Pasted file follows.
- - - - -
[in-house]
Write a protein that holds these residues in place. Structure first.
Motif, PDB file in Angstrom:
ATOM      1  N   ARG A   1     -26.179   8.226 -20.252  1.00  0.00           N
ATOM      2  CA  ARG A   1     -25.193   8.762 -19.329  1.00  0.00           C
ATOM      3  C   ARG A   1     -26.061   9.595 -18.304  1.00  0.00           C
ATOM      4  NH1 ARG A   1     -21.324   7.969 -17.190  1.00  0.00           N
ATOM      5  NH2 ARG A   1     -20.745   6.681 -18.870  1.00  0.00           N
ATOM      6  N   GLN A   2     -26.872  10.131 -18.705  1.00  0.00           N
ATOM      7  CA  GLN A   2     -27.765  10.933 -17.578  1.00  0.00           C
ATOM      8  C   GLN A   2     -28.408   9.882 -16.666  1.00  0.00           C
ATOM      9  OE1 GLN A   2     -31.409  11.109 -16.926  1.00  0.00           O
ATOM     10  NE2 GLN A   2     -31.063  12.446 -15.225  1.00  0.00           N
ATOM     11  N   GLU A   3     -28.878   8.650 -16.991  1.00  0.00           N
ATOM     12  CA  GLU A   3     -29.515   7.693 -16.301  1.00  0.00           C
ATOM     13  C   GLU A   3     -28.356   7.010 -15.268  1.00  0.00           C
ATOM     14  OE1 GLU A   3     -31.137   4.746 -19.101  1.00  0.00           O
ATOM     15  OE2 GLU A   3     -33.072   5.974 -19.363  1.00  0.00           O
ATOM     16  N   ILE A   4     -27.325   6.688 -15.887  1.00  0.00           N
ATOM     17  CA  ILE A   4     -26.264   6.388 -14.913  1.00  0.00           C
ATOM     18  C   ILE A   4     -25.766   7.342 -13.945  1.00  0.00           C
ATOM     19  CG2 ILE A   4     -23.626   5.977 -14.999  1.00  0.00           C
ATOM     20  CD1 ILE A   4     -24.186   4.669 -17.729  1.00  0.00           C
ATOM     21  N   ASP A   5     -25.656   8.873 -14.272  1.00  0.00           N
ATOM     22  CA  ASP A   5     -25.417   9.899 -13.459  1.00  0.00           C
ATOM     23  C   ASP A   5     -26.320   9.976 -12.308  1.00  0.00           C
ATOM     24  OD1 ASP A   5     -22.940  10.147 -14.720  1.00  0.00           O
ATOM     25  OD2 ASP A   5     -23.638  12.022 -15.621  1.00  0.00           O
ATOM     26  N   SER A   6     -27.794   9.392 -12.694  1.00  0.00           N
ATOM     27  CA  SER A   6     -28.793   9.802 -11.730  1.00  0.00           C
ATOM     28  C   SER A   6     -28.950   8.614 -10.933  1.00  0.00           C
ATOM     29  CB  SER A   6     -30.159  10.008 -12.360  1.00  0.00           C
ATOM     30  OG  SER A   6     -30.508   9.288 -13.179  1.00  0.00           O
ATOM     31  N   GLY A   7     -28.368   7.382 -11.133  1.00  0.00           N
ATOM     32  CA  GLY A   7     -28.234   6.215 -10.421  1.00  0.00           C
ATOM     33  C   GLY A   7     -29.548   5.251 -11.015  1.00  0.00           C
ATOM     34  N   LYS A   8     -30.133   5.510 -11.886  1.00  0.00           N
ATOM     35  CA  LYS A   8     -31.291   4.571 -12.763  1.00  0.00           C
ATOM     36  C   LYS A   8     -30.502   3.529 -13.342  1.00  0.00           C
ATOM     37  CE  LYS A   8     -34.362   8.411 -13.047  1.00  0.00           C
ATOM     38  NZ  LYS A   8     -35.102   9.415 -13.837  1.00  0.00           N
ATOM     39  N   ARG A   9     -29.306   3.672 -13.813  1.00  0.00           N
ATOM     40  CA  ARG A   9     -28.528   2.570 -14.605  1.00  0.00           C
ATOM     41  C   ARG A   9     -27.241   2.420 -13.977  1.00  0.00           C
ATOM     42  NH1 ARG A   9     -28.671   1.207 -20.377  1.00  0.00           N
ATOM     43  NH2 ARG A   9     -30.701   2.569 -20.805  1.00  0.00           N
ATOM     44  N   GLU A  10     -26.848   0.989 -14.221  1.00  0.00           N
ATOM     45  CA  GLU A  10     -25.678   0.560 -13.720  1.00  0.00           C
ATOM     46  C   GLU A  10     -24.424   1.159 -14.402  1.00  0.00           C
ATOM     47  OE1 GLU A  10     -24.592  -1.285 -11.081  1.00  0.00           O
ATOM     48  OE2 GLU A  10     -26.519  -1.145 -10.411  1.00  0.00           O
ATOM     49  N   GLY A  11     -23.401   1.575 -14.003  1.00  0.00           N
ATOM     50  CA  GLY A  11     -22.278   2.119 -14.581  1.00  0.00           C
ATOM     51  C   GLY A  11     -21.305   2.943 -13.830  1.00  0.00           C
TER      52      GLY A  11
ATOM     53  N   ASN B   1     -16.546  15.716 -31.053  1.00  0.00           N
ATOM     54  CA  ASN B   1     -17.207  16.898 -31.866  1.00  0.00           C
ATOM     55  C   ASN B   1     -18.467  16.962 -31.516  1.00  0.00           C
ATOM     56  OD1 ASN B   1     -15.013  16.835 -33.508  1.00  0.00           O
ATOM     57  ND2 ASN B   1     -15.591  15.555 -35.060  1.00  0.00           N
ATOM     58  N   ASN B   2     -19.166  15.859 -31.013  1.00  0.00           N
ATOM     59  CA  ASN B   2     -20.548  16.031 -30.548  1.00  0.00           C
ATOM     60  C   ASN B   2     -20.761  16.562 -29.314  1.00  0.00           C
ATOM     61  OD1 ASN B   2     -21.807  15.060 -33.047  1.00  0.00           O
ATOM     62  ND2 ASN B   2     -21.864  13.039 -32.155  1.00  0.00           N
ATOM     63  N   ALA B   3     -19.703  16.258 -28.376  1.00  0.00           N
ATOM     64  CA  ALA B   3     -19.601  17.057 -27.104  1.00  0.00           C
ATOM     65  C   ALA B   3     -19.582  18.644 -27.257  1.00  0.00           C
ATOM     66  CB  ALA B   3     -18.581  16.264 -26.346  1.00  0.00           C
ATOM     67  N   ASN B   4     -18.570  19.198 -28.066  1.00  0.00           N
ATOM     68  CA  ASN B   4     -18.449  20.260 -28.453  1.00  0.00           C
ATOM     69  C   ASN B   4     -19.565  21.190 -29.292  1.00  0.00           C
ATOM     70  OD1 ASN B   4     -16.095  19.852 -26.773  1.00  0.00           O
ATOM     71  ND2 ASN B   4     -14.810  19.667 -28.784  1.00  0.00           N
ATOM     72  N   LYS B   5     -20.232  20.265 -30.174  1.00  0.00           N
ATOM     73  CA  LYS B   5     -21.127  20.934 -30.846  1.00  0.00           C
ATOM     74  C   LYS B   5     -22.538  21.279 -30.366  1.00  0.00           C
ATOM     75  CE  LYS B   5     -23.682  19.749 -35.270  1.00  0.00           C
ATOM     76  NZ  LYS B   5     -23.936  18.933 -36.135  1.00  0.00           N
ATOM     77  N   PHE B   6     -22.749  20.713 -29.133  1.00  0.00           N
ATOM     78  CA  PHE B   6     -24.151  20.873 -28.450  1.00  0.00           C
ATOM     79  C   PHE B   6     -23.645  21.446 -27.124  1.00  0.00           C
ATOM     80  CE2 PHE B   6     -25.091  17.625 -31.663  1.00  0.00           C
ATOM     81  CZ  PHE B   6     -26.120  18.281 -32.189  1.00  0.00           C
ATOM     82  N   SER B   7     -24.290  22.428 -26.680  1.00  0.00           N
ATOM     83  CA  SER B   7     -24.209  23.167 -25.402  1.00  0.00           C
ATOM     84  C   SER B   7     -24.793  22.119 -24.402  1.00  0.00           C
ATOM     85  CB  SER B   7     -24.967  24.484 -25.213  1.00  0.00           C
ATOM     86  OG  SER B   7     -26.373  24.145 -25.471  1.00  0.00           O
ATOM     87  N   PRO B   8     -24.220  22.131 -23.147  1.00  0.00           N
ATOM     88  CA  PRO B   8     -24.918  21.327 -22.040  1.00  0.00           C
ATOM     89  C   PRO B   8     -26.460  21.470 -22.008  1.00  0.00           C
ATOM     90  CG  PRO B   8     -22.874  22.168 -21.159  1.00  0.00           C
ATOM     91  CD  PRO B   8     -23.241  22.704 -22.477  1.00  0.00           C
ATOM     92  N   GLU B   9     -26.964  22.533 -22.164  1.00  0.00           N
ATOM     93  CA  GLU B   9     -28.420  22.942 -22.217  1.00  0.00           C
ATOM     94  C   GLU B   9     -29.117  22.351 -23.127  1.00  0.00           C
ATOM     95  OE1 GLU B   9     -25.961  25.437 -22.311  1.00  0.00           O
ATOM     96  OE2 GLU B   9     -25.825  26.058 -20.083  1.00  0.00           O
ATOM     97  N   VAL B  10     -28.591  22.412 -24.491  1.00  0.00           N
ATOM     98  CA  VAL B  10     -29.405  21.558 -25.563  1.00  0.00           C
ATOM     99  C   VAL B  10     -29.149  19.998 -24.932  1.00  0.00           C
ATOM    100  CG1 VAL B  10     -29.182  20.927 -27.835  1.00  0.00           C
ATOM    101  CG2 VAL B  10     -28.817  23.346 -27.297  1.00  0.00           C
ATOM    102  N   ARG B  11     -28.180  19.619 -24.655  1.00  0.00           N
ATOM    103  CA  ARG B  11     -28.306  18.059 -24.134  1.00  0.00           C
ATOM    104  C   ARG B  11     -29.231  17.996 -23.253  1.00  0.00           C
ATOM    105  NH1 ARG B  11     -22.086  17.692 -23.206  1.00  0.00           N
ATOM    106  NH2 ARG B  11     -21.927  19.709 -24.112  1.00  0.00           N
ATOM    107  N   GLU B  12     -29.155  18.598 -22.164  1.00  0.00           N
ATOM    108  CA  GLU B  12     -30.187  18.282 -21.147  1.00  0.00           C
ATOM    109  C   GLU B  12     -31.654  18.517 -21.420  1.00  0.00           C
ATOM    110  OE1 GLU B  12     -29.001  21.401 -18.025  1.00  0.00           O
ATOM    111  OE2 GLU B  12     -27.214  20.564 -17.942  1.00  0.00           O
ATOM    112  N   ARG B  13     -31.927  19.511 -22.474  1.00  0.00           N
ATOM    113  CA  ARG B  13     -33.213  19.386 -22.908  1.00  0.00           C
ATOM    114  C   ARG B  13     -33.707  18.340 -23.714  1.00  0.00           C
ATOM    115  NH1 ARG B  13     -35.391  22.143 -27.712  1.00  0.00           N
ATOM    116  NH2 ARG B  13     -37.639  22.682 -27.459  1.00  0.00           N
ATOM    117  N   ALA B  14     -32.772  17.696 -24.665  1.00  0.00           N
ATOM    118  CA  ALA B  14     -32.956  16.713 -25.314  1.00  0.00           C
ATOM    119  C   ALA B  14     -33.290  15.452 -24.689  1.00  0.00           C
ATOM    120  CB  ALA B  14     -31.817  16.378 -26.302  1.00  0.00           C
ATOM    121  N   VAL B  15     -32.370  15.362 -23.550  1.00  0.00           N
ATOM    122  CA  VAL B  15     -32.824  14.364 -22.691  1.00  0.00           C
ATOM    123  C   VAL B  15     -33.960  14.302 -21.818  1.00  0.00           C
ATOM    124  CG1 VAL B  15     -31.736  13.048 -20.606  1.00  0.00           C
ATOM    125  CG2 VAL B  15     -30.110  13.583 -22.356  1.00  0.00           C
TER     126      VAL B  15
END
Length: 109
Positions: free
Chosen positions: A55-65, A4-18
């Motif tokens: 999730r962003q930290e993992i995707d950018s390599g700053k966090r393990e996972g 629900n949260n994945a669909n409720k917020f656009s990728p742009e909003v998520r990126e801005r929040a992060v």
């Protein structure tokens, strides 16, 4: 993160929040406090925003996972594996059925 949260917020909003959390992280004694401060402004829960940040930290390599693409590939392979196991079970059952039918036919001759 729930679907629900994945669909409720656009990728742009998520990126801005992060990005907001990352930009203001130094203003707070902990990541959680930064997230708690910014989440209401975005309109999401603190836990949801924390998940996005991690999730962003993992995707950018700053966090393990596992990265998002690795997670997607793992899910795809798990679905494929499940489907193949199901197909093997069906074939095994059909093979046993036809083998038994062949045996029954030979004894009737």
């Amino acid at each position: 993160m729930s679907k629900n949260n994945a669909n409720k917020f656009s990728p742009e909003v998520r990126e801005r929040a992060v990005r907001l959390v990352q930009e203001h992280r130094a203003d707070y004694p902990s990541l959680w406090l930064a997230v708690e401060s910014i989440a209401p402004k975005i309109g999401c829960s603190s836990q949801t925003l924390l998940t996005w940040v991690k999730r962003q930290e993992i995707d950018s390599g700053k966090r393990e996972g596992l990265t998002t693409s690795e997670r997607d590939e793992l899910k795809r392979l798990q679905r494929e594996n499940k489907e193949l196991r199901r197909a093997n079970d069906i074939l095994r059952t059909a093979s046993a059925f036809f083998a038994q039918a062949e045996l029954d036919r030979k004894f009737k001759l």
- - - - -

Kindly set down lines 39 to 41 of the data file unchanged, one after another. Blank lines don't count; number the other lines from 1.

ATOM     36  C   LYS A   8     -30.502   3.529 -13.342  1.00  0.00           C
ATOM     37  CE  LYS A   8     -34.362   8.411 -13.047  1.00  0.00           C
ATOM     38  NZ  LYS A   8     -35.102   9.415 -13.837  1.00  0.00           N